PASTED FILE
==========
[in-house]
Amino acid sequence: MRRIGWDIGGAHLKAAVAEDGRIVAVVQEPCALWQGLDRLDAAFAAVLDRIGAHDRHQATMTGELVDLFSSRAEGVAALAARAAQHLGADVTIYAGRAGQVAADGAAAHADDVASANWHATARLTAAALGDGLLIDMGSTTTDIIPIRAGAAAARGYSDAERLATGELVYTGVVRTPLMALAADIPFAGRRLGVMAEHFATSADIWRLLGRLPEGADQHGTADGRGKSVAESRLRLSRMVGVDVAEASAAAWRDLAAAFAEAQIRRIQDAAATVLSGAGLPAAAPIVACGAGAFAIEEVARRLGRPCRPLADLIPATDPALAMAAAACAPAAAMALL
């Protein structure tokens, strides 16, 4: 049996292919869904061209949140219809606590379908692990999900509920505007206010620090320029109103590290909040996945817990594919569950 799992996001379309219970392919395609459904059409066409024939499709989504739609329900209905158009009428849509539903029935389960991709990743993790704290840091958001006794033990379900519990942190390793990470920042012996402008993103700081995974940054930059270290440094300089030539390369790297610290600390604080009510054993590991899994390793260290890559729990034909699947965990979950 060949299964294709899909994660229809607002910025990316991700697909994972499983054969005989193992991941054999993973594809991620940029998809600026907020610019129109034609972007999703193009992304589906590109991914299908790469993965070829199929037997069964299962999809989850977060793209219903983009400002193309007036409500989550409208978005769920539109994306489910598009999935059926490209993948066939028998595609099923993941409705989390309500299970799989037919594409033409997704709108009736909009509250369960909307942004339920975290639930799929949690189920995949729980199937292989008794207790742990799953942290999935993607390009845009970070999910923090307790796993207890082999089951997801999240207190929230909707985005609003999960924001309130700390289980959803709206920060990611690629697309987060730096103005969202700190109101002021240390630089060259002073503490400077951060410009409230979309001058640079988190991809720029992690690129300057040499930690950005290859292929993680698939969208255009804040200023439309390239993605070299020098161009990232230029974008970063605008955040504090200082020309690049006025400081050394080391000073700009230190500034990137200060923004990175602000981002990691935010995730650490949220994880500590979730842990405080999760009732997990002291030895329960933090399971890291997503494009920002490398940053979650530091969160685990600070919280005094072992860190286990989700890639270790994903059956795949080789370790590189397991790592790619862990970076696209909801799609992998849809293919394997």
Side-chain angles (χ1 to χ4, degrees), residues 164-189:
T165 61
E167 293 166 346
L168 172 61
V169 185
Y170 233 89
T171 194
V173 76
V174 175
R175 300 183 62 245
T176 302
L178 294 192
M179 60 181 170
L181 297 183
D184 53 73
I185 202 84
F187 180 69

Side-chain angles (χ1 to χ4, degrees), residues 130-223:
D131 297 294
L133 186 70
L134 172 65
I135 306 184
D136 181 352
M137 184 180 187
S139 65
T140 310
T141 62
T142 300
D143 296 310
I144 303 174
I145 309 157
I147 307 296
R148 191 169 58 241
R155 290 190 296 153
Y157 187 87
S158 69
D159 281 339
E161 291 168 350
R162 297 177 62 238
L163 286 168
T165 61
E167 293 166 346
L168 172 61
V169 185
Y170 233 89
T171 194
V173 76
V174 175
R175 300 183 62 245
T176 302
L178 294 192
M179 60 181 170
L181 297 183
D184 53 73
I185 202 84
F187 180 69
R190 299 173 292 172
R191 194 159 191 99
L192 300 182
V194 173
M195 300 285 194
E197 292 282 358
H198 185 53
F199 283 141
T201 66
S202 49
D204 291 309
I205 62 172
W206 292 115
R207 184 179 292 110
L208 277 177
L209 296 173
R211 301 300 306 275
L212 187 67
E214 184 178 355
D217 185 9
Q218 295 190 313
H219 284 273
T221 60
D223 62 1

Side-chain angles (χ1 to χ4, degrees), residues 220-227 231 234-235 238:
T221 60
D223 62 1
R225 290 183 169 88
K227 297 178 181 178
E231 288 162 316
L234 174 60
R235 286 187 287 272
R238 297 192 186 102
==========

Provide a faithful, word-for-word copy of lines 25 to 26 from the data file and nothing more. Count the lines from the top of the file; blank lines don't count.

I135 306 184
D136 181 352